Traffic Tragedy: Teen Driver Accidentally Kills Her Brother in Crash
By Dean I Weitzman, Esq. on January 14th, 2012
In one second, a crazy car accident can happen and lives can be changed forever. That’s what any traffic accident can do, but it’s even more tragic when the victim accidentally is killed by a family member.
Sadly, that happened this week in Ormond Beach, Fla., when a 12-year-old boy died in a freak accident as his 18-year-old sister picked him up from his middle school in her pickup truck, according to WKMG TV 6 in Orlando.
The boy, Cameron Brenneman, was getting into his sister’s truck when she pulled away from the curb before he was fully in the vehicle, according to the story. As she drove away, her truck sideswiped another vehicle, causing her to be startled and she apparently depressed the accelerator pedal instead of the brake pedal, the report stated.
Her brother was then ejected from the still-open door and run over by the rear wheels of the truck, police told the TV station. He was taken to a local hospital, where he died from his injuries.
No criminal charges are pending against the teen driver, Ormond Police told the Daytona Beach News-Journal newspaper.
What the horrific incident reminds us, though, is that we as parents need to truly teach our children how important it is to be careful and mindful when operating a motor vehicle when carrying passengers, especially if they are siblings.
The reasons are simple – teen drivers think they are invincible, or that they know all about driving and operating a vehicle, or that bad things will only happen to other people.
Sadly, the statistics just don’t bear that out.
According to statistics from the American Automobile Association (AAA), “car crashes end more teen lives than cancer, homicide and suicide combined.”
“Based on miles driven, teens are involved in three times as many fatal crashes as all other drivers,” the AAA statistics report.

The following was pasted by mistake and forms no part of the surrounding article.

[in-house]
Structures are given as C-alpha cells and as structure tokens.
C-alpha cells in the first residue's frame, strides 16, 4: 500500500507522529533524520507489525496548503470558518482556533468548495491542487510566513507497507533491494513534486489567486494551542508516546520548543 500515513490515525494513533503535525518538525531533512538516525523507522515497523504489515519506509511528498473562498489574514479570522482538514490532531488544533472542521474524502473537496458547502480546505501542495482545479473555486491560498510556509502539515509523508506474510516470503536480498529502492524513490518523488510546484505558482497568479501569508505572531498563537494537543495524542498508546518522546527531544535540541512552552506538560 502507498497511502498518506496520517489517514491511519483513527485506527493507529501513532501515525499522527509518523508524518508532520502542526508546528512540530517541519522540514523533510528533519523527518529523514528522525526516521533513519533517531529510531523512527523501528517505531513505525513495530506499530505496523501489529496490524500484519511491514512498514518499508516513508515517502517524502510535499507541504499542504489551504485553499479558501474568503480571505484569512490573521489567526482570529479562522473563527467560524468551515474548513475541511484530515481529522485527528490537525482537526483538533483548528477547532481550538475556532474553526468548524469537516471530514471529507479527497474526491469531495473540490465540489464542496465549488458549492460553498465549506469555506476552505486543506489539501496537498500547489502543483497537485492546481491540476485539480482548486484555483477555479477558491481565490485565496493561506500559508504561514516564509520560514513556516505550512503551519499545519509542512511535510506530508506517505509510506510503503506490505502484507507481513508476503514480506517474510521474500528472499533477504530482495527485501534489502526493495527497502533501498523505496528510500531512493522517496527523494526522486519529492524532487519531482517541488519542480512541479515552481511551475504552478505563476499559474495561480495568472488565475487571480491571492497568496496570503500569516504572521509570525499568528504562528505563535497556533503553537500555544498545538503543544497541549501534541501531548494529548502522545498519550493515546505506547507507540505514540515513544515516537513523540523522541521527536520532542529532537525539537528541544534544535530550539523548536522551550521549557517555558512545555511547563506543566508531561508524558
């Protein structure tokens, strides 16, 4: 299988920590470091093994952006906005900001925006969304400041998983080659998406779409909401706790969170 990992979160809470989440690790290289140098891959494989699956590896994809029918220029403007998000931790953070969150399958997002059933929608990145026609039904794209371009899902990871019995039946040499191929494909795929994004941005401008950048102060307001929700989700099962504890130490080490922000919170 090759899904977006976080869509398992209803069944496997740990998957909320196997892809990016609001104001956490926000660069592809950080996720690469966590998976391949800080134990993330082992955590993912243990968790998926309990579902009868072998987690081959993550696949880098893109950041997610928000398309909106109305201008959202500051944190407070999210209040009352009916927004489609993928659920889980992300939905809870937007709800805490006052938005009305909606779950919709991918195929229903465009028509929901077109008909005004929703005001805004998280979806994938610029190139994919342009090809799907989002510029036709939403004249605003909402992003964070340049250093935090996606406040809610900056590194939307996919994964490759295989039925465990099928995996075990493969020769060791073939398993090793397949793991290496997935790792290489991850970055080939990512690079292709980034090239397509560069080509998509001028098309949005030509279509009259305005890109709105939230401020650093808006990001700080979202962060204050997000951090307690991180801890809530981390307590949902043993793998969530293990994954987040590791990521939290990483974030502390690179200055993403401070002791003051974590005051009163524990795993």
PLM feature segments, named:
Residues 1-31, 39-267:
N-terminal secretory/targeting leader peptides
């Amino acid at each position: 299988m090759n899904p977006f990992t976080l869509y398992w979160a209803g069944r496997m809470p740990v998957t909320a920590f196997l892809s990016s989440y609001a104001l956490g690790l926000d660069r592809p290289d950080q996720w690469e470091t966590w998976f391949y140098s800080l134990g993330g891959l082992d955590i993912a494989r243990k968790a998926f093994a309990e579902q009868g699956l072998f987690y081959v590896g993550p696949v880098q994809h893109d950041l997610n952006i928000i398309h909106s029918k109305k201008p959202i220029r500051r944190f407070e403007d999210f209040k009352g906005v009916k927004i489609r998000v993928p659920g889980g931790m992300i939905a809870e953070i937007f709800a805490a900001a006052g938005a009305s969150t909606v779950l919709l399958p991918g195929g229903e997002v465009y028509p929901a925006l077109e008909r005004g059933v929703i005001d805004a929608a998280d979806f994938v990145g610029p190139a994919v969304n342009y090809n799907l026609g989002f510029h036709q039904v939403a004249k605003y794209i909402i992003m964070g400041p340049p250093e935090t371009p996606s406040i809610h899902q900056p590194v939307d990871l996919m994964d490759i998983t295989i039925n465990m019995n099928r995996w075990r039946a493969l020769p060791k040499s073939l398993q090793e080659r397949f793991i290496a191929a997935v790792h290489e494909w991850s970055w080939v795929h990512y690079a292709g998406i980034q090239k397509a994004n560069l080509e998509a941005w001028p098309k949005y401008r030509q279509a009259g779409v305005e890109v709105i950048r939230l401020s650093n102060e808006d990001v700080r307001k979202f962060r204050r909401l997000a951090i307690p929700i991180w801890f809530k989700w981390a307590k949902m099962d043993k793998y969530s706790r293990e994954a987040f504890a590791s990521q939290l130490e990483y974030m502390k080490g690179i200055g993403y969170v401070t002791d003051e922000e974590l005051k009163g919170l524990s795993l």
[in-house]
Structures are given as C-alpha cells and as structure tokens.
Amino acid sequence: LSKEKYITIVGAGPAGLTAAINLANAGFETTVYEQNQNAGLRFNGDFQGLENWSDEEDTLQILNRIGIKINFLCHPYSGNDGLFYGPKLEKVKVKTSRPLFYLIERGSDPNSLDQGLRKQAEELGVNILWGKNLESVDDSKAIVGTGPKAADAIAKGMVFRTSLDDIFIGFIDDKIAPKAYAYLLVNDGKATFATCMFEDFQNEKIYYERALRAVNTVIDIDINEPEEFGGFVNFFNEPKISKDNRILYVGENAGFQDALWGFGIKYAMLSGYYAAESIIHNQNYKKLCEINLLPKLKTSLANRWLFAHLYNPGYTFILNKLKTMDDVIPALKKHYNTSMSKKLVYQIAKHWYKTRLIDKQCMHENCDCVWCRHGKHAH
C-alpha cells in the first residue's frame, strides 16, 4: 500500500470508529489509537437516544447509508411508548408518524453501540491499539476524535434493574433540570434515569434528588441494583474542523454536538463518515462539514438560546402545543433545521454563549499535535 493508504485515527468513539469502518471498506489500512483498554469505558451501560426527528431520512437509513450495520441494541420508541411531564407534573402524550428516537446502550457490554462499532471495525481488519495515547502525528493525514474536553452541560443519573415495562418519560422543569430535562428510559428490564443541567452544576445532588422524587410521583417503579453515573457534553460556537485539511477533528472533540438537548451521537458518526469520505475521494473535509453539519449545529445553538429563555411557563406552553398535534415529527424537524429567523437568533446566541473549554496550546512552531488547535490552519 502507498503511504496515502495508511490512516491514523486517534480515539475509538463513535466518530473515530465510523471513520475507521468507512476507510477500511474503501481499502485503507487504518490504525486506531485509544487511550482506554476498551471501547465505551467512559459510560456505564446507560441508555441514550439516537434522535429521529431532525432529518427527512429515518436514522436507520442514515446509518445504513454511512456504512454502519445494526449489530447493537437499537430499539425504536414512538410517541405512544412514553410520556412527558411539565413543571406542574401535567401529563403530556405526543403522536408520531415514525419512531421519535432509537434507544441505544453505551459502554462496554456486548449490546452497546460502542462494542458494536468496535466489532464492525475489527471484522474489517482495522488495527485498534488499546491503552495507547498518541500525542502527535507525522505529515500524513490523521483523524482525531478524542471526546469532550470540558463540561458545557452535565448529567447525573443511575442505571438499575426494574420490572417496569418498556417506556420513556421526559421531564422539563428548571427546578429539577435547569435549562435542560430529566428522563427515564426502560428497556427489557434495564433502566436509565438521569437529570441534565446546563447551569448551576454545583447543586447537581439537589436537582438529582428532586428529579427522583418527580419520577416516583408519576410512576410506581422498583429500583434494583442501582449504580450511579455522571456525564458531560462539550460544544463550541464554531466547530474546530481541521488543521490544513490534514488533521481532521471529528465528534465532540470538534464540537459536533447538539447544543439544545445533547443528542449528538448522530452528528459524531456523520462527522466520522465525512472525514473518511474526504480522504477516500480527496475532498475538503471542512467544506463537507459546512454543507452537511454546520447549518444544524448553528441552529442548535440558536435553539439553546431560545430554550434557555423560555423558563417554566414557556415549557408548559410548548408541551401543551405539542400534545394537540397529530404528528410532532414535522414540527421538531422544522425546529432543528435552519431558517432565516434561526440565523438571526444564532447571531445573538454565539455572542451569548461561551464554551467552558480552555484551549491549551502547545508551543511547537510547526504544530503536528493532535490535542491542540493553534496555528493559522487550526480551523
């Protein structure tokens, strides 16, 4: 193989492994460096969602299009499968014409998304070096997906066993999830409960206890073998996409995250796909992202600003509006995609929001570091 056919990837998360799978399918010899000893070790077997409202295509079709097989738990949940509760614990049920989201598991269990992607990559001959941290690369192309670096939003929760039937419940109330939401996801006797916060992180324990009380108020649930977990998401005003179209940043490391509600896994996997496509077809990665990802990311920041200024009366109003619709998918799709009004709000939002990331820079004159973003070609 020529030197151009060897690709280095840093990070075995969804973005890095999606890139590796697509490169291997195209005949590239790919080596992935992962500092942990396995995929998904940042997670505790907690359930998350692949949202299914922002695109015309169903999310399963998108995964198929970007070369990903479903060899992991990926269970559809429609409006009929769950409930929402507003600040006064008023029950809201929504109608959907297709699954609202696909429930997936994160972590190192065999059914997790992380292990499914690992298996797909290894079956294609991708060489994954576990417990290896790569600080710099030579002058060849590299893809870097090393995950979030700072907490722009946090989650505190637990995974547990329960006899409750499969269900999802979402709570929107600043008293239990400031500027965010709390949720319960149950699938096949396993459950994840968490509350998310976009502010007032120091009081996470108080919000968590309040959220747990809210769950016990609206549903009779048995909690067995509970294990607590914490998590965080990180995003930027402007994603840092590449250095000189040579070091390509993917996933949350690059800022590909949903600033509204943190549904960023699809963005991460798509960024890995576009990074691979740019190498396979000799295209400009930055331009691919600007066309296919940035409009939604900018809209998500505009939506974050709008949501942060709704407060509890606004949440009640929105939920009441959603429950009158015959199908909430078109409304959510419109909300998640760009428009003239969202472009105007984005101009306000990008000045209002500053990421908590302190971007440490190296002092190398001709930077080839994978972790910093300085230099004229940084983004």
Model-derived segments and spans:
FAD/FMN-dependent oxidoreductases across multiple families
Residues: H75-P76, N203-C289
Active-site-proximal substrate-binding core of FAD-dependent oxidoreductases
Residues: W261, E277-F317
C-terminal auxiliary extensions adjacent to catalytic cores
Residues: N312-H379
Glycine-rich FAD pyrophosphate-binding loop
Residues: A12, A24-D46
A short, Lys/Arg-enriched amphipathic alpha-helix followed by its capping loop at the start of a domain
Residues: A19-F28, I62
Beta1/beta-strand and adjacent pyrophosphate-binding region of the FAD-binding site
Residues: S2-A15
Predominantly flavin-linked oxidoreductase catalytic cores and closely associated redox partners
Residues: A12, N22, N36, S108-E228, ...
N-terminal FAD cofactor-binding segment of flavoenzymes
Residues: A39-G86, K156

And even worse, “many of these teens are killed as passengers of other teen drivers,” according to AAA. “Research shows that riding with older siblings, teenage neighbors and siblings of friends increases your child’s risk of being in a crash. Even the best and brightest teens have increased risk of being involved in a deadly crash compared with drivers who have more experience.”
So how can we as parents and concerned citizens do something to prevent similar tragedies?
It all starts with education, according to AAA.
That means talking with our teens, really talking with them, to explain the serious dangers that exist when they take a vehicle onto a roadway while carrying passengers, whether they are friends or siblings.
“Emphasize that driving is risky and should be taken seriously,” the AAA suggests.
Just how important is this?
It’s critical because while it isn’t always apparent, “teens value the opinions of their parents most of all,” according to AAA.
I remember thinking about this very same worry when my teen driver was about to take his sister somewhere in the car for the first time.
I sat our son down and told him a little story.
Years before, a friend in Philadelphia asked her teen-aged son to pick up his younger brother from a school event and bring him home. The friend got worried when the boys still hadn’t returned home after a long time.
When the police arrived at her door and told her that there had been an accident, she rushed to the hospital. That’s when she learned that her younger son had died in a crash when her older son lost control of the car.
That mother had to endure a horrific experience, losing one child in an accident at the hands of her older child. And the older brother will forever have to live with the tragedy that happened that day, with the guilt and sadness and horror that it brought.
I told my son this very tragic story just before he was going to drive his sister somewhere for the first time.
He looked somberly and listened carefully to my words. I told him that I never wanted him to have to experience such anguish so I asked him to be careful and to always keep in mind that the lives of people he knows and loves are his responsibility when passengers are in the car with him. If something ever happened, he’d never get over it, I told him.
It was a good conversation to have with my son, and I later had a similar conversation with my daughter before she picked up friends to drive them somewhere after she started driving.
We really need to talk to our children about the dangers, responsibilities and the consequences of driving with passengers in their cars.
Let’s remind them to be safe and not to take risks.
Let’s remind them to be cognizant of the people who are being carried in their vehicles.
It will make them better, safer and more aware drivers, and it will make us better parents.
Our hearts go out to the family of the teen driver and her 12-year-old brother who were involved in this horrible tragedy in Florida.
May we all learn from this tragedy and be destined not to repeat it.